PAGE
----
Bowman, Matthew. The Mormon People: The Making of an American Faith (Random House, 2012). A synthesis of the past forty years' scholarship, rather than based on original research, Bowman's The Mormon People is an ambitious work seeking to tell a coherent narrative of the Church of Jesus Christ of Latter-Day Saints from its beginnings in the Second Great Awakening to the present-day. He is particularly interested in the relationship between the LDS church and American political culture, exploring the way early Mormon counterculturalism gave way to mainstream assimilation over the twentieth century. Though perhaps some members of the LDS church would disagree with me, I thought Bowman was respectful of believers without brushing some of the more difficult issues (for example the church's stance on women in the priesthood) under the rug. As with any overview, the historical issues are somewhat simplified -- but I particularly appreciated the way in which Bowman was able to discuss the historicity of the faith without disrespecting the value of belief among those who chose to join this infant American branch of Christianity.

Delblanco, Andrew. College: What it Was, Is, and Should Be (Princeton University Press, 2012). A seasoned literature professor at Columbia, Delblanco offers an articulate, thoughtful, and well-researched tour through the history of the American system of higher education, with a particular focus on undergraduate colleges. He's interested not only in how colleges came to be what they are today, but what we might want them to be moving forward. What, he is asking, is college for? His answer is a holistic one, which I am largely sympathetic with: college should not only be a place to acquire skills, but also a time and place to ponder questions of ultimate concern ("how shall I live?"), and that everyone -- regardless of socioeconomic class -- deserves that time and place. I was less impressed with his reflections on how to fix a system gone wrong (after a whole chapter on how tests are worthless as a measure of student learning, he suggests national tests at the college level as one possible way forward; I was nonplussed). Still this brief and passionate little book should be on the reading list of anyone interested in the history of education and/or people involved in higher education in any way.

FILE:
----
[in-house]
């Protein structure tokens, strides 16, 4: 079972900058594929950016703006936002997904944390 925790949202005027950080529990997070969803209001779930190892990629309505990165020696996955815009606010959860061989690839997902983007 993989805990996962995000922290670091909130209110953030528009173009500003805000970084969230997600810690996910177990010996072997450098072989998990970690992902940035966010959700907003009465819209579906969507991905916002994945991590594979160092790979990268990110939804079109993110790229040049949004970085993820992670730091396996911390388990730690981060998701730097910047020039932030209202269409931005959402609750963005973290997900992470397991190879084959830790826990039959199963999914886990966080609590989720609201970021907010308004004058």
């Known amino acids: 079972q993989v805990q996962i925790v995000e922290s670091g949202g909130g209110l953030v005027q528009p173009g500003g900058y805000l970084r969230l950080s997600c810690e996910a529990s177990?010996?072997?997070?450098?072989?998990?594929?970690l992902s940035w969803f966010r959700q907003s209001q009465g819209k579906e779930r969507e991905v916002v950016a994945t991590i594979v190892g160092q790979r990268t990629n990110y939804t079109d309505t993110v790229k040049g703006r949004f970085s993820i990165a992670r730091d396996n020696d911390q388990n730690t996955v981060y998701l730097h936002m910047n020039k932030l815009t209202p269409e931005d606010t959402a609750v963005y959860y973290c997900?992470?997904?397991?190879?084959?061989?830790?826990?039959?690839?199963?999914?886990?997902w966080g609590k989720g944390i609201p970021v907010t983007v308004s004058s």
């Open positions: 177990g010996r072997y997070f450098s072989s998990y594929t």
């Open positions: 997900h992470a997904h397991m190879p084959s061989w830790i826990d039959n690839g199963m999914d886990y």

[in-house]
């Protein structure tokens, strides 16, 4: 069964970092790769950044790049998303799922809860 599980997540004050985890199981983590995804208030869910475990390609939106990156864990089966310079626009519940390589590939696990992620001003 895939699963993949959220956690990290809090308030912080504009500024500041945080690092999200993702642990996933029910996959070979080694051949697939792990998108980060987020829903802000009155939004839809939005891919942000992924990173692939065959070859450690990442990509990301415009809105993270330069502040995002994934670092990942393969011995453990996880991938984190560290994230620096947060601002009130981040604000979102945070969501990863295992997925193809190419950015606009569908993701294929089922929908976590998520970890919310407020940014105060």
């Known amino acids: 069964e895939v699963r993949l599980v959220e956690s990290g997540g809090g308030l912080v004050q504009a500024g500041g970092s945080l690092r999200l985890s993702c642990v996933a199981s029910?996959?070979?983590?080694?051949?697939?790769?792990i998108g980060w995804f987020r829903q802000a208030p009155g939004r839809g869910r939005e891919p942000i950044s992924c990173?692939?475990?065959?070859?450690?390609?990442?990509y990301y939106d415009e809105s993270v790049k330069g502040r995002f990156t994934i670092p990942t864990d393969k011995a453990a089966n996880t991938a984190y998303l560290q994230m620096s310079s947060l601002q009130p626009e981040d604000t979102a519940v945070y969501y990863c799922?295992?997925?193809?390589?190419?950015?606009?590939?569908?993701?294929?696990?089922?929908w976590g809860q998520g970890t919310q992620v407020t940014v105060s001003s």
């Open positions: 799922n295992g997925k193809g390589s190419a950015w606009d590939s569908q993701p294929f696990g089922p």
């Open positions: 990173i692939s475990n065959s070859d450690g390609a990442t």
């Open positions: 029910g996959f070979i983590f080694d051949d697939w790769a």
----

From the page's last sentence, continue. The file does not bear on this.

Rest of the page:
Doherty, Thomas. Hollywood's Censor: Joseph I. Breen and the Production Code Administration (Columbia University Press, 2007). After reading The Accidental Feminist this summer, I was interested in learning more about the Production Code Administration. So footnote surfing brought me to Hollywood's Censor. Doherty, a film historian, provides an exhaustive cultural history of the PCA that -- at times -- seems to get buried under the weight of chronological detail. Using the life of Joseph I. Breen (a central figure in the development of the Code) as a through-line, Doherty traces the rise, influence, and fall of the Production Code from the 1920s into the 1960s. While for my taste the book could have contained less of Breen and more examples of films shaped by the PCA machine, it was fascinating to see how intimately involved in script development Breen and his associates were. Since it was much more efficient for the studios to have film projects pre-approved then to have them screened and censored post-facto, Breen often worked closely with script writers, directors, and producers (whether they wanted him to or not!) in crafting scenes that would convey adult themes without violating the Production Code. While I admit to skimming some sections, I did come away with a greater understanding of film-making in Production Code-era Hollywood.